Like Dr. Bush, Dr. Fried ran up against a lack of coordinated communication between different agencies. "When I called the health department, they had absolutely no knowledge of a letter having been sent to NBC, even though the FBI had been notified several days before and had begun investigating," he said.

One of the most glaring lessons he learned? The criminal and epidemiological arms of a bioterrorist investigation need to stay in constant communication.

Dr. Fried also said he was frustrated by a lack of faster diagnostic tools. He had taken both a smear and a culture—"there wasn't much material to sample"—and both came back negative. As a result, the city health department decided not to notify the CDC. His diagnosis wasn't actually confirmed until more than a week later, when a biopsy taken by a dermatologist tested positive at the CDC. (The same biopsy tested negative, Dr. Fried said, at a specialty lab.)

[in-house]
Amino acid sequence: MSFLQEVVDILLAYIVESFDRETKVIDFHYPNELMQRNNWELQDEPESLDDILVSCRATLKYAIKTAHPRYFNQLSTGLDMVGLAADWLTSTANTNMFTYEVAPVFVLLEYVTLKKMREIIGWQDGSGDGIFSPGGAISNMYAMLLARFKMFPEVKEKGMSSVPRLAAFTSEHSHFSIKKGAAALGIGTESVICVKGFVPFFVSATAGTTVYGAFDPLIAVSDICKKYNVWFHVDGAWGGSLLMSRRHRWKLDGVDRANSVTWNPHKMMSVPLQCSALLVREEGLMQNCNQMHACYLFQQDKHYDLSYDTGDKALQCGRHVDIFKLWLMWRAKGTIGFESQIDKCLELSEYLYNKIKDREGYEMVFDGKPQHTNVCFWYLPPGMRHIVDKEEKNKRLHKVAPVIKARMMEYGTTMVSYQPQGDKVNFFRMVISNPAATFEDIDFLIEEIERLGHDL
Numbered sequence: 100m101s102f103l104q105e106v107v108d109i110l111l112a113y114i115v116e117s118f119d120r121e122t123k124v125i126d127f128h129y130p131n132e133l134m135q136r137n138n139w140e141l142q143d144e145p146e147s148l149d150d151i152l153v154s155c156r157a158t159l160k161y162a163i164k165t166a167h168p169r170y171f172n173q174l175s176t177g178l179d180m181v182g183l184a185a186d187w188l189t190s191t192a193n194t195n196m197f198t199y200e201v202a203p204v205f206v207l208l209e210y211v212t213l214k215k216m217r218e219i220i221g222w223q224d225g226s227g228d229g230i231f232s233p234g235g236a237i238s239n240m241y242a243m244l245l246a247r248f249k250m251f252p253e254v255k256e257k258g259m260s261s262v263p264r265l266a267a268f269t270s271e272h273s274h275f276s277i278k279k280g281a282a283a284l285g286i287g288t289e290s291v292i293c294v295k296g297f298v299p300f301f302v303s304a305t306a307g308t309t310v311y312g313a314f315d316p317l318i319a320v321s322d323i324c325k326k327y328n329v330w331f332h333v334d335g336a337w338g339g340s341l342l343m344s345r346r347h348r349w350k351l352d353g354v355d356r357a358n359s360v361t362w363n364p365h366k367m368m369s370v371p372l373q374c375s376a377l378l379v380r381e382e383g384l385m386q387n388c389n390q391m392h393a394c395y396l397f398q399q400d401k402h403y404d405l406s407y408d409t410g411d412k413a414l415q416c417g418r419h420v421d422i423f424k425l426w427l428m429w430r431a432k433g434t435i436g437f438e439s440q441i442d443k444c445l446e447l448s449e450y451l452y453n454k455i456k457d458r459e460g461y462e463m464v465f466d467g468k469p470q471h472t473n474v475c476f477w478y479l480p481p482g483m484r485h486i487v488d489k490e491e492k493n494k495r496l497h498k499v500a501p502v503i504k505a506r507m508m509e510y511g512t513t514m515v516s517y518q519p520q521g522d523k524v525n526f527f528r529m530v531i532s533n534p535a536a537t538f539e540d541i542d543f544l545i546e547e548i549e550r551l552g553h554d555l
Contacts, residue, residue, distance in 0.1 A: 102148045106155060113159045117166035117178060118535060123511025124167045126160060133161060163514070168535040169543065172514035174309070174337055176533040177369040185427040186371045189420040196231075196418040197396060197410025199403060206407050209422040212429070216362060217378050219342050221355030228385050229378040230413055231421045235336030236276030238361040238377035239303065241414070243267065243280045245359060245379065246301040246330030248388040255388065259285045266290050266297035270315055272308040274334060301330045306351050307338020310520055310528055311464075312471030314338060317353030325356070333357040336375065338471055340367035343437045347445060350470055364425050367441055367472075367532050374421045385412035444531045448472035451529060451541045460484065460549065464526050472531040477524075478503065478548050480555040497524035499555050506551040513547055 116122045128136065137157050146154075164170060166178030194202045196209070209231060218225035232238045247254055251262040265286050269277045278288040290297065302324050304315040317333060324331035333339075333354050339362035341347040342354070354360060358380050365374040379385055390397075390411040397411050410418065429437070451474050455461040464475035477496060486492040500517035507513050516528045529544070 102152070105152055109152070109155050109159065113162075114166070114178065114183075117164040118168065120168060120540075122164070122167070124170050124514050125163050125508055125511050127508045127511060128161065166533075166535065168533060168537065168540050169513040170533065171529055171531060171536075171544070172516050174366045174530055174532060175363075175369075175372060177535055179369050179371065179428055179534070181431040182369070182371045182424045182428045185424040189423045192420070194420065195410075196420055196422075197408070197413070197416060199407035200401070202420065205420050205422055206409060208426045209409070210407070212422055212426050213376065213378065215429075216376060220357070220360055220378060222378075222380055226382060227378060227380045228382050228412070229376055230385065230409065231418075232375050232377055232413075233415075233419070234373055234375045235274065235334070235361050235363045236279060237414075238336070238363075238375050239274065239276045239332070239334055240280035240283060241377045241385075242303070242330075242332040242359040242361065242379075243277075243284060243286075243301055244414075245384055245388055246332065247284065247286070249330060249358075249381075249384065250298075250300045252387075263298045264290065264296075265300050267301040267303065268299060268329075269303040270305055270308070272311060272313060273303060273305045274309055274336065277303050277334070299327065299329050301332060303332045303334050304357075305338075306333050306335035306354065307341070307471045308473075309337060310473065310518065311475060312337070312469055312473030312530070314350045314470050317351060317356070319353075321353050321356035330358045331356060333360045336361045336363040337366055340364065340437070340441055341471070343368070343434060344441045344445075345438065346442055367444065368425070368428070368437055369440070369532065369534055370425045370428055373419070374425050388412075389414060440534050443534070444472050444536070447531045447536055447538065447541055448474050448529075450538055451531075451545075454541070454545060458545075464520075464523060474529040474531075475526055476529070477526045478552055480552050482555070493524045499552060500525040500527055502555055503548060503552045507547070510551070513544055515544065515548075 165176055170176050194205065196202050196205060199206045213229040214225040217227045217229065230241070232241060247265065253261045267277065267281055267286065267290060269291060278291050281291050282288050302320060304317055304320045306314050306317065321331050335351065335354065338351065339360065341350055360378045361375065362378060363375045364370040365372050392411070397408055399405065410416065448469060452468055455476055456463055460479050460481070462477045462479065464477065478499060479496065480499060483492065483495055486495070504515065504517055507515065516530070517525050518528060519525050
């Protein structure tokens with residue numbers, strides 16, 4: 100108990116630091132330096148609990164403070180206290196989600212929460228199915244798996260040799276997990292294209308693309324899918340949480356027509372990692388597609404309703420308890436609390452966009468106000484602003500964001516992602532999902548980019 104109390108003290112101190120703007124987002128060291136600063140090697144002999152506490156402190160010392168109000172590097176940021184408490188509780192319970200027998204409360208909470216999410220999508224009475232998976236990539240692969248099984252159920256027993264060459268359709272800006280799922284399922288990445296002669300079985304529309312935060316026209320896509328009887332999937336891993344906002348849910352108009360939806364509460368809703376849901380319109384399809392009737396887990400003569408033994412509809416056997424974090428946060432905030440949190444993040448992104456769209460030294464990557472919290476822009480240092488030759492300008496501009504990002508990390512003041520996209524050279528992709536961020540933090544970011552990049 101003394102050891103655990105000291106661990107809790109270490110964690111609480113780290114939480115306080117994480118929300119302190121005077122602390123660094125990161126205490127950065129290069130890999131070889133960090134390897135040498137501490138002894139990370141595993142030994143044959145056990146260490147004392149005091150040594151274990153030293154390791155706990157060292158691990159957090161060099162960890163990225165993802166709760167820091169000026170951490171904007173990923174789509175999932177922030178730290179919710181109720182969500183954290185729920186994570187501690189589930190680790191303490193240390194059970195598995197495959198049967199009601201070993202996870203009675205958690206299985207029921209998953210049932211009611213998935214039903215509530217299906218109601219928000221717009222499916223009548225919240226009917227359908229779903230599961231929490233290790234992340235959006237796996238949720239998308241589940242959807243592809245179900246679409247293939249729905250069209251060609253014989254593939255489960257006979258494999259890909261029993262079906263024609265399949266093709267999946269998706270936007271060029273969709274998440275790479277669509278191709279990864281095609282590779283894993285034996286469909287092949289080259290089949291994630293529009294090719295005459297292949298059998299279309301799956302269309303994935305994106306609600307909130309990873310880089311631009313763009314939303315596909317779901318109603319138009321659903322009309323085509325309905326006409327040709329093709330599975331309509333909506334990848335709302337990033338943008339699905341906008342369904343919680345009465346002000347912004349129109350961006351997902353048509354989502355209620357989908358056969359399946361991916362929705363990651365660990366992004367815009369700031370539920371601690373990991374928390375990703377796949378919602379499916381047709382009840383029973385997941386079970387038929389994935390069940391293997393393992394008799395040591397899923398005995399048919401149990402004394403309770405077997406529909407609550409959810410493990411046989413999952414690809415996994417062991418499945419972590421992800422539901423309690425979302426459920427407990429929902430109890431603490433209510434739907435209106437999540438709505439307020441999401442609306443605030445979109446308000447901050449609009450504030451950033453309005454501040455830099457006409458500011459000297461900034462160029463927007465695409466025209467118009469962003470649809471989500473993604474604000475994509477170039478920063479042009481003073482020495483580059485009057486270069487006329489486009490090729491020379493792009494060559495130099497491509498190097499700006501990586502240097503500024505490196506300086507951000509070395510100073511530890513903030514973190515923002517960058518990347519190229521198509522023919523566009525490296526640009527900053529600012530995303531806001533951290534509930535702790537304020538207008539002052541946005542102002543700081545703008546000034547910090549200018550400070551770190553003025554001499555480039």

In Florida, Dr. Bush said he has learned how crucial it is to reverse emerging antibiotic resistance. And he said he draws a more basic lesson from this fall's events.

"Many things have changed since Sept. 11, and I think one of those is the practice of medicine," Dr. Bush said. "You can't practice over the phone or online. You have to see patients, make a differential diagnosis, follow up with tests and use your instincts. That's what worked, and internists should take comfort in that."

Clinical and disaster response resources

  • ACP-ASIM's Bioterrorism Resource Center has therapeutic recommendations and breaking news.

  • The CDC's bioterrorism site has extensive sections on epidemiology and surveillance, as well as information on the National Pharmaceutical Stockpile Program and laboratory response.